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Letters on Poetry and Art ->Literature, Art, Beauty and Yoga ->On the Visual Arts ...

 

General Remarks on the Visual Arts

 

Art and Nature


There is no incompatibility between the inspiration from within and the dependence on Nature. The essence of the inspiration always comes from within but the forms of expression are based on Nature though developed and modified by the selective or interpretative sight of the artist.

6 September 1933


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A painter can certainly bring home the aspects of the sea and the beauty of Nature, but he does it as an artist, in the way of Art. He does it by representation and suggestion, not by mere reproduction of the object. The question of Art or Nature being more beautiful therefore does not arise.

16 March 1936


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Art cannot give what Nature gives; it gives something else.


20 June 1934


On Nandalal Bose’s Ideas on Art


Nandalal Bose says: “In art three points are essential.We may say that the top point of the triangle is inspiration and the two points of the base are the study of nature and the study of tradition.”
Nandalal’s saying is true; but the three have to be combined and developed and harmonised in their combination to a sufficient degree before they bear the fruit of finished or great art.


10 January 1936


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In a letter to me, Nandalal wrote of love as “the only thing for Art”.
It is a way of speaking, I suppose, in accordance with his own experience. It is the creative Force which he calls Love—others might call it by another name because they see it in another aspect.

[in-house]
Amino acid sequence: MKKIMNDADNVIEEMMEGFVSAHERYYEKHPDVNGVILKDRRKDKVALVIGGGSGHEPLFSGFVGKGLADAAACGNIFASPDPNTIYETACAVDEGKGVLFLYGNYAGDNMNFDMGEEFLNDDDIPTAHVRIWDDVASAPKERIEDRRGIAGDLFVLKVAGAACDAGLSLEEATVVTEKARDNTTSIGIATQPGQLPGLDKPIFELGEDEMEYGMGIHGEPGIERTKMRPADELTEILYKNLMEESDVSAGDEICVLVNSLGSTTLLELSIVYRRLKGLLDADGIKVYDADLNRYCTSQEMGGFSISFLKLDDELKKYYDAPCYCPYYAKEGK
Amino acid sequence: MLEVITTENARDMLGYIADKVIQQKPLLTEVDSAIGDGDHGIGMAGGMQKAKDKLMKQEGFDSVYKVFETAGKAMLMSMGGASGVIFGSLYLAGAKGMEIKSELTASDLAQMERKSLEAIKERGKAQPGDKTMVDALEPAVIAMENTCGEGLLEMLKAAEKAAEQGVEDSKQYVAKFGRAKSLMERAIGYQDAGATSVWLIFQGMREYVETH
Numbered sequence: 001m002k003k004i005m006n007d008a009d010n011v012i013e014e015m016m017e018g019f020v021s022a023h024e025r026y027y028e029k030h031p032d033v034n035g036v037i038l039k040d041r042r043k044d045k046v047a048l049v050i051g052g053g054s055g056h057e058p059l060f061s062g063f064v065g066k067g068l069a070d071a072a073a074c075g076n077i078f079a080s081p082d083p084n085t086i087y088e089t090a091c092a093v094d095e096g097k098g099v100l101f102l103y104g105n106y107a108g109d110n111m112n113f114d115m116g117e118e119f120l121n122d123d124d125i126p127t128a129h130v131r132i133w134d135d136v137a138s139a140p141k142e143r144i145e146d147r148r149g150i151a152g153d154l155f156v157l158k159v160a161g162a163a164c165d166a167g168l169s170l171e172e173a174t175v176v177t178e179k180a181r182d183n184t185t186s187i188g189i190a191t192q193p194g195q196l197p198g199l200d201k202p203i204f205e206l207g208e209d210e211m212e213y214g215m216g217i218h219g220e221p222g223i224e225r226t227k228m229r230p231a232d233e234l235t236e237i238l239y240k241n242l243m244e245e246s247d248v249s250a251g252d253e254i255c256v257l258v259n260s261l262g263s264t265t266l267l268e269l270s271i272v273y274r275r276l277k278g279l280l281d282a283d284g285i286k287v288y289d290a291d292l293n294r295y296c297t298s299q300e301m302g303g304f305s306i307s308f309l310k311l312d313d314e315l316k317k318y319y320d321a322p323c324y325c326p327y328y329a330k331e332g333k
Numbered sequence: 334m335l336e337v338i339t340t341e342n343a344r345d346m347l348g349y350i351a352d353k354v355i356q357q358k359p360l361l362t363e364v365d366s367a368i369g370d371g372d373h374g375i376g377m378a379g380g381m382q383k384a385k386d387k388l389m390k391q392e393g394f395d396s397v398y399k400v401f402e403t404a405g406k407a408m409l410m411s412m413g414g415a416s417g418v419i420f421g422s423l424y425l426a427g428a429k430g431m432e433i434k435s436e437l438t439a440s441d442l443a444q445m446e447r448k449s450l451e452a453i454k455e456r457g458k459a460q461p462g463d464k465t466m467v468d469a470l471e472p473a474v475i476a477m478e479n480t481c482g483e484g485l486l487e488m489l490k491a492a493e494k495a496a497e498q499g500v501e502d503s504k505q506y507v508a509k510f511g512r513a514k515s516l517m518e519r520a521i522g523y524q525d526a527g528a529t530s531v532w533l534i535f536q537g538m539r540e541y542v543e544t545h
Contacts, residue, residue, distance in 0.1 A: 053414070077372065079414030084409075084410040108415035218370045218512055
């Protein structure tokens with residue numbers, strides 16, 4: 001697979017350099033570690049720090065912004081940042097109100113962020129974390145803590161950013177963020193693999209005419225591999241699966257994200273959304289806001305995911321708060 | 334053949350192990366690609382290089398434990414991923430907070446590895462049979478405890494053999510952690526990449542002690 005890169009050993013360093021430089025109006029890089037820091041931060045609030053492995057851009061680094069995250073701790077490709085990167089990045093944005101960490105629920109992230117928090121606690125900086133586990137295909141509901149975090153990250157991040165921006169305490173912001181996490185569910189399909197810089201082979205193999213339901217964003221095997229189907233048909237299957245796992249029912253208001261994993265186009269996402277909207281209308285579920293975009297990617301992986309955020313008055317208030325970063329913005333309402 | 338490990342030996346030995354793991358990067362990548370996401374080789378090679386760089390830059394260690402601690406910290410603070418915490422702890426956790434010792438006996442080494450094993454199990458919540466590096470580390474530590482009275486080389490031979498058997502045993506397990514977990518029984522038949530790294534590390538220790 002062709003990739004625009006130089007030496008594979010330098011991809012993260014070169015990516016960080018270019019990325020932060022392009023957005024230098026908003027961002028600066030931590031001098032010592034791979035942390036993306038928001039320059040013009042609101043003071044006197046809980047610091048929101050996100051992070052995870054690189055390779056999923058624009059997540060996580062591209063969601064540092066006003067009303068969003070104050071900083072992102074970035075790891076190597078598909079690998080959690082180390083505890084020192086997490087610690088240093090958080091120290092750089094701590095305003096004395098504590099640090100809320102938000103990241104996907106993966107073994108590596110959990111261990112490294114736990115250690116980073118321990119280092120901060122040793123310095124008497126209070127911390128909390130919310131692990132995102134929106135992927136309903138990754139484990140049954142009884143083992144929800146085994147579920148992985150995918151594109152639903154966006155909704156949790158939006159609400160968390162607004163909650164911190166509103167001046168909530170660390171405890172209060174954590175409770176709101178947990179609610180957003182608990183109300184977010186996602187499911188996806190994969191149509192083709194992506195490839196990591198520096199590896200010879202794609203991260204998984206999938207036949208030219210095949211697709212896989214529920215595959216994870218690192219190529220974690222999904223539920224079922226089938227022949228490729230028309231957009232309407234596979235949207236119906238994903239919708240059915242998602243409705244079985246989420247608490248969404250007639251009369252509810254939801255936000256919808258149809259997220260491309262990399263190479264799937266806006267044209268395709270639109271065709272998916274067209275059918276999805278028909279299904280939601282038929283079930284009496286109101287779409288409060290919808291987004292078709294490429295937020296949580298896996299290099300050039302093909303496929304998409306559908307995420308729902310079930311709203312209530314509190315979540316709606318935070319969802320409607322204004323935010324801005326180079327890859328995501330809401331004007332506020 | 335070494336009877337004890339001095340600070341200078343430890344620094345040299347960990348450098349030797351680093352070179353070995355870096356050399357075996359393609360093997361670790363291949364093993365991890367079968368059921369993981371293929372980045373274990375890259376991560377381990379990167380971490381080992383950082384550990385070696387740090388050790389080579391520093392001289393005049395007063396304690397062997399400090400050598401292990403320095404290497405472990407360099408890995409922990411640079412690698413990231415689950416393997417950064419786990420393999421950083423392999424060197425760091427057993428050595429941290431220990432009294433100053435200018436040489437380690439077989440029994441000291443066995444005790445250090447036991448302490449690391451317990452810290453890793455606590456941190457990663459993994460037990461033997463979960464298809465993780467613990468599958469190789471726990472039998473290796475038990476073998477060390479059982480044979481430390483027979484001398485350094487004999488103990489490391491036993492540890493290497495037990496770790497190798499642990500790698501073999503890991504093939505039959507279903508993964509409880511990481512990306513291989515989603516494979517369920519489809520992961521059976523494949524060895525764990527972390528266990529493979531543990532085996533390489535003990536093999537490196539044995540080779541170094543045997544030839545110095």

4 November 1933


Inspiration and the Vital


For the last two or three days I have been getting inspirations for painting. But I have a question about that. Do these inspirations come from the vital world? Is this harmful?
It is of course vital. All art comes through the vital. But what manifests through it can only be said when one sees what it produces.

7 November 1933


Form and Colour


In order to get a significance through a picture there must be a definite form—form and colour are the essentials of painting and neither by itself is enough. Here [in a painting sent to Sri Aurobindo] there is colour but no form—or only a shapeless shape—as if you were trying to get rid of form and paint only forces or indefinite suggestions. But that is contrary to an art which depends on colour, line and design.


Cinema


I see no objection to your going for two or three days to Madras for this purpose [to make a recording]. I don’t suppose you will paint the town red and the Cinema sounds harmless, though if the newspaper pictures are any guide, it is likely to be disappointing; I have yet to see anything that really suggested an artistic piece.

28 November 1936

Sri Aurobindo

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The only way to come a little close to him is to love him sincerely and give oneself unreservedly to his work. Thus, each one does his best and contributes as much as he can to that transformation of the world which Sri Aurobindo has predicted.

The Mother
(Vol. 12, pp. 398-99)